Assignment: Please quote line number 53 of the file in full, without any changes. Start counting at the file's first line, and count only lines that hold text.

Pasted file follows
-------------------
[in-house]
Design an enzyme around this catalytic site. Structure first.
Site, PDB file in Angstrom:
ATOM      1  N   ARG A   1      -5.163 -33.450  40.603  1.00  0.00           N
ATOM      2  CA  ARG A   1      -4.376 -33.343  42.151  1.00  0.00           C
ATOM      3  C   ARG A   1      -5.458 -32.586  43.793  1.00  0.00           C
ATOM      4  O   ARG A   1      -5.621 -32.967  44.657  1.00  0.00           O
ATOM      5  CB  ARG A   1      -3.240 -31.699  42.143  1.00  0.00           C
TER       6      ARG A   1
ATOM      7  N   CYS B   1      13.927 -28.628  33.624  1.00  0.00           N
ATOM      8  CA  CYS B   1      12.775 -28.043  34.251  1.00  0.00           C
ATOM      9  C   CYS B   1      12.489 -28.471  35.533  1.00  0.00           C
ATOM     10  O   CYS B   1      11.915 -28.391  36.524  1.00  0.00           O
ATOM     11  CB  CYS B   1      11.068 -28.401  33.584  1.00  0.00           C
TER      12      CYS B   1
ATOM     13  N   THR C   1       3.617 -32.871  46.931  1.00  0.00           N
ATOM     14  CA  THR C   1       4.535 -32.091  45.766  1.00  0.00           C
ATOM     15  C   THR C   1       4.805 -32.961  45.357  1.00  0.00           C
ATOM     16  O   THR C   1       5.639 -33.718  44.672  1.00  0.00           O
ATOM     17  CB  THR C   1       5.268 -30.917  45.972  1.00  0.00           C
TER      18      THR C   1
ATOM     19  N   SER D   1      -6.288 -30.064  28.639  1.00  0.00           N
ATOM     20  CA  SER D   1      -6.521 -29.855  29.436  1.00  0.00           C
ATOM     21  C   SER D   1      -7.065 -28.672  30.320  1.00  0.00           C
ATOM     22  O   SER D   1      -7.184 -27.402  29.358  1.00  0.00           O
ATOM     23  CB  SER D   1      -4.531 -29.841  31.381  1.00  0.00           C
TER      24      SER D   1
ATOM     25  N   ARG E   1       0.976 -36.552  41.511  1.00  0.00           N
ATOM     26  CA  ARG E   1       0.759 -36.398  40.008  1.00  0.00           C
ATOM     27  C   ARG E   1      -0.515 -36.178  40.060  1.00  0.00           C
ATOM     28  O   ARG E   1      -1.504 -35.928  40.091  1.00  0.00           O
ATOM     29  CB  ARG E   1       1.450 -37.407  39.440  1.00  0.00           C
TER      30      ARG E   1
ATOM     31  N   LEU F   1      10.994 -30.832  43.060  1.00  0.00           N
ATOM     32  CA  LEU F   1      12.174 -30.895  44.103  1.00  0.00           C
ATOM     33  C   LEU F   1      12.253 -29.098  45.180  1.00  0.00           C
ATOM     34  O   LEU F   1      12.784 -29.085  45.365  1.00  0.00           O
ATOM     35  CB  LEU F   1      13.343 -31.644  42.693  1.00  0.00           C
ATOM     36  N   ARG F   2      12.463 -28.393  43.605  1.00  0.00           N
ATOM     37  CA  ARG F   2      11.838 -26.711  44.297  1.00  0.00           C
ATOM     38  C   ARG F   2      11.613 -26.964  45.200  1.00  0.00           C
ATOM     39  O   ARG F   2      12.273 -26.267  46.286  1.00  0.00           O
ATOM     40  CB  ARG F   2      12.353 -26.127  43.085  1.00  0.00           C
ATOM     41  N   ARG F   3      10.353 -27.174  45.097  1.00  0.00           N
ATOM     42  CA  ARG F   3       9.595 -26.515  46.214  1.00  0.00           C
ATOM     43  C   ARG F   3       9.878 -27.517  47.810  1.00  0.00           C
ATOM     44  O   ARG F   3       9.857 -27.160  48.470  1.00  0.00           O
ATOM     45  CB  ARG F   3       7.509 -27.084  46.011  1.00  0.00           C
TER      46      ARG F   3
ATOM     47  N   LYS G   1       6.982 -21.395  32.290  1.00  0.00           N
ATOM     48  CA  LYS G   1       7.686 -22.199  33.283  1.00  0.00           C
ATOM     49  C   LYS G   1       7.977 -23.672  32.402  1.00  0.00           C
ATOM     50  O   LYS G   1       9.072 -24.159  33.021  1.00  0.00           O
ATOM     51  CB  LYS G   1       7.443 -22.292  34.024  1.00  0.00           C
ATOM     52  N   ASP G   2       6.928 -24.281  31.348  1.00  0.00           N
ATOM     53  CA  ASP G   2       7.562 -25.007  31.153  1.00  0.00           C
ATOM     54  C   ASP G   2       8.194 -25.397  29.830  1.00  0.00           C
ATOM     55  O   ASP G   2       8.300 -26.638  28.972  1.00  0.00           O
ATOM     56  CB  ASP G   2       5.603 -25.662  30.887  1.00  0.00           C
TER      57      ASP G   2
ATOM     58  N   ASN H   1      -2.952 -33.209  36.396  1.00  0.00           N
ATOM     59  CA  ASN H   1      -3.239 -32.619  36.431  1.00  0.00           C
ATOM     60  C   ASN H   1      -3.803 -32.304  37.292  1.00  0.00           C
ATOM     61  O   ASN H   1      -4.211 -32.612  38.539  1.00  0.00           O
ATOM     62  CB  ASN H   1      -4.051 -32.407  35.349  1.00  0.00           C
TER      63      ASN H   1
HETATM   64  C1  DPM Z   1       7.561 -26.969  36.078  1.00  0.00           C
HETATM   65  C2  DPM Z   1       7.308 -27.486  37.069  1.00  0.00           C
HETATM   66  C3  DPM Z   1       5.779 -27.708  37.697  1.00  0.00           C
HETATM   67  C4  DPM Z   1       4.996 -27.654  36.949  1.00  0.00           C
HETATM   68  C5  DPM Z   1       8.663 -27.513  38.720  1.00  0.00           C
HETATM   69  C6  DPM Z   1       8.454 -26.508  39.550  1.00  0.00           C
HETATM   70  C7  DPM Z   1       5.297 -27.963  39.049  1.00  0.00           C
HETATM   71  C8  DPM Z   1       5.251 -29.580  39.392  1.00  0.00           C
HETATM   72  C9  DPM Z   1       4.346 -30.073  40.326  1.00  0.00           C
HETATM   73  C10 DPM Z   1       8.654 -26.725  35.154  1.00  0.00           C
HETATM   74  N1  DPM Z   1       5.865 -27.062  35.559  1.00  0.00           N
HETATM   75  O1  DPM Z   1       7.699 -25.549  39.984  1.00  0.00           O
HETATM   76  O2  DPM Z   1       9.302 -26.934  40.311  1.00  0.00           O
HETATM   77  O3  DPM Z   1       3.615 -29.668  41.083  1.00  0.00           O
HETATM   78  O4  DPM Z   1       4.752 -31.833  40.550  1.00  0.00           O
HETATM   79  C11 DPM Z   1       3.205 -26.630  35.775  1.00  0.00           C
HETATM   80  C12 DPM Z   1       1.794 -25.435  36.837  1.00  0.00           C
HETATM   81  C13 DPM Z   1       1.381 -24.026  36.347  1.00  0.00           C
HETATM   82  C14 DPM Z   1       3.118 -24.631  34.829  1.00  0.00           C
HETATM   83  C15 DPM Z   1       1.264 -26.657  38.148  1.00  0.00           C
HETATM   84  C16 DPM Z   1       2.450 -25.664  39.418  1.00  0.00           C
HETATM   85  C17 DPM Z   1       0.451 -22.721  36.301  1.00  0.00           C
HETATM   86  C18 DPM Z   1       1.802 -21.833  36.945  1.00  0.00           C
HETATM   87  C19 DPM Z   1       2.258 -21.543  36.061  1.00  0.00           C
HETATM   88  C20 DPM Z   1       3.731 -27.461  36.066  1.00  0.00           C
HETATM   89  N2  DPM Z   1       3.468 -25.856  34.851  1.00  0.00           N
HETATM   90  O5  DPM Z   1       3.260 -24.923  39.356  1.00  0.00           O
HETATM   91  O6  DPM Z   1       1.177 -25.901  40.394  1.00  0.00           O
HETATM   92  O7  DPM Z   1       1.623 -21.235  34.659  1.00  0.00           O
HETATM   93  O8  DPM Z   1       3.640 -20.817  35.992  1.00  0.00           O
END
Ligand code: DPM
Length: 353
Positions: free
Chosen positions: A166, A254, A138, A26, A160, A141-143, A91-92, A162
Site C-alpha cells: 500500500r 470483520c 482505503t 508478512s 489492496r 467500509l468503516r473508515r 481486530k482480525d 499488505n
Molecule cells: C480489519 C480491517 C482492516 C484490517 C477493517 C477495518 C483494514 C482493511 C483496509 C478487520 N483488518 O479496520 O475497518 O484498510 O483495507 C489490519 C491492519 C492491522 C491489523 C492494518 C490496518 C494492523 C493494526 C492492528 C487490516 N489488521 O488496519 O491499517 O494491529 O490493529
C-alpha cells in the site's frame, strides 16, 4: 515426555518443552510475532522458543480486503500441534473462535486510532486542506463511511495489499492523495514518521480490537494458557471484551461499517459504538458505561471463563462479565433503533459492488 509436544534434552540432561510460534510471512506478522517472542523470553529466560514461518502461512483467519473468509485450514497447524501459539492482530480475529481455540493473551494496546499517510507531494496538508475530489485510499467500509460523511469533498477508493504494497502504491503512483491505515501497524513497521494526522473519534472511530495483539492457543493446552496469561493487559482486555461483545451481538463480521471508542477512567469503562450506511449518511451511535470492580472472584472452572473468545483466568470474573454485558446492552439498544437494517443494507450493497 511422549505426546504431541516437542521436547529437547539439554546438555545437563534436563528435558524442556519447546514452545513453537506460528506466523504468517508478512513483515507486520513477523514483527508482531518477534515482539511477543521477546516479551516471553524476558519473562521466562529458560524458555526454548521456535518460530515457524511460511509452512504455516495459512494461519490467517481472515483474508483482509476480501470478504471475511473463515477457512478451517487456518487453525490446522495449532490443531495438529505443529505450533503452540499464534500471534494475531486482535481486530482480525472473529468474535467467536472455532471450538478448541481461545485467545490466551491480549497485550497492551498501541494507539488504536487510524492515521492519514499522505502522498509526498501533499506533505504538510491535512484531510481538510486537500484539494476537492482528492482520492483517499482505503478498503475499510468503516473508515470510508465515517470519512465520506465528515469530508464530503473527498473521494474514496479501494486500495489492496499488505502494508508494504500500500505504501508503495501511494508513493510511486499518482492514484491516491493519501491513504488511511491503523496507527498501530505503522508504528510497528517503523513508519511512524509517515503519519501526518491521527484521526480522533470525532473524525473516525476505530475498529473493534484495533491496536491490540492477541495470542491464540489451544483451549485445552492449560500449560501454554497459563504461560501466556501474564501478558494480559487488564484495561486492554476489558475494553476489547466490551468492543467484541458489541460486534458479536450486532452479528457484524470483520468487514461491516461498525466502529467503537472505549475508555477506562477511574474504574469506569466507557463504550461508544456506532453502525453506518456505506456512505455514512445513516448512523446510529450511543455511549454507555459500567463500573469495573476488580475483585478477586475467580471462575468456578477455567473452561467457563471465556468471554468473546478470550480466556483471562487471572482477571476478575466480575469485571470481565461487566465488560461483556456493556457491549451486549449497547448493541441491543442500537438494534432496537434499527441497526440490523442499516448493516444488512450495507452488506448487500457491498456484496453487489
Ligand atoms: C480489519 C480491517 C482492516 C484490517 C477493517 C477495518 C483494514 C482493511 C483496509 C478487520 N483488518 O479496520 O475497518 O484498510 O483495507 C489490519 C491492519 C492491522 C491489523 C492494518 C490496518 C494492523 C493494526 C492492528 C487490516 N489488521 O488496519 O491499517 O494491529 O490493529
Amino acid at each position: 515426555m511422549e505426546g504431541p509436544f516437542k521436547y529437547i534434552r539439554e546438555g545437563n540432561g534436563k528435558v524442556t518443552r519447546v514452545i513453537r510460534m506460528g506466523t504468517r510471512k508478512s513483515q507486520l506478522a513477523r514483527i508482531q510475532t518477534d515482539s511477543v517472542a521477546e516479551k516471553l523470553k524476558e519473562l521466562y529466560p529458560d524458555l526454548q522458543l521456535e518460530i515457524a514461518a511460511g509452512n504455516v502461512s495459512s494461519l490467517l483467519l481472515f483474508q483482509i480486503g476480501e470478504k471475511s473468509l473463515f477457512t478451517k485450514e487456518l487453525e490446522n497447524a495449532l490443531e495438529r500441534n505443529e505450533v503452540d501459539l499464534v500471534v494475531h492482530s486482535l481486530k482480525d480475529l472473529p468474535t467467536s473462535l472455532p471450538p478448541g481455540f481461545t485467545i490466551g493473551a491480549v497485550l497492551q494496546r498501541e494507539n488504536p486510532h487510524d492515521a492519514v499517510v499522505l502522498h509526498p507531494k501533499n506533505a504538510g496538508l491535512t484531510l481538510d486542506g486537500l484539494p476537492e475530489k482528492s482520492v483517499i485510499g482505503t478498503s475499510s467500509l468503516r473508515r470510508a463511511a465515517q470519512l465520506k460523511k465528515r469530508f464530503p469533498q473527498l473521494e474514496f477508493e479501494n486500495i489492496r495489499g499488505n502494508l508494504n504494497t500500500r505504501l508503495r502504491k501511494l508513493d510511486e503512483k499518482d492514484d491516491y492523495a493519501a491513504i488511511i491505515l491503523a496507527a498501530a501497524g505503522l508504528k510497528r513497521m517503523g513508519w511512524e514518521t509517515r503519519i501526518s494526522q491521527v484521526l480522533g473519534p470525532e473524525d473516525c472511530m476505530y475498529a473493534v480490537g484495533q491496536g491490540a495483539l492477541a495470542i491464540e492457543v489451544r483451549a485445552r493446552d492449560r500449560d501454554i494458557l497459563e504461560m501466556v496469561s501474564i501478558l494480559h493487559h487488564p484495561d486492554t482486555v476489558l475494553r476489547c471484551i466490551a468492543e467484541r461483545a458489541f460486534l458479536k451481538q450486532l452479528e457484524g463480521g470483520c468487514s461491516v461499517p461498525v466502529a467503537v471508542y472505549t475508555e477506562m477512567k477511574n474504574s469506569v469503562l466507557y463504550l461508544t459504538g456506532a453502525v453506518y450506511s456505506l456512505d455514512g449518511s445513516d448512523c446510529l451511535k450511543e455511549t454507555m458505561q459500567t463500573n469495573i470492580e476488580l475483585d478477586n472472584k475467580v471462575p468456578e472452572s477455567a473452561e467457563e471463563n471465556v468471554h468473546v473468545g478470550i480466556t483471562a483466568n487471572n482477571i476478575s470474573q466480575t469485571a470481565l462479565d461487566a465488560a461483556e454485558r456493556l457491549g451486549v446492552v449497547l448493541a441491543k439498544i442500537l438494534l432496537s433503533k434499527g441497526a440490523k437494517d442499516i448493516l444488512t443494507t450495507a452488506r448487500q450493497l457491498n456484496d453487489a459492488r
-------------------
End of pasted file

ATOM     50  O   LYS G   1       9.072 -24.159  33.021  1.00  0.00           O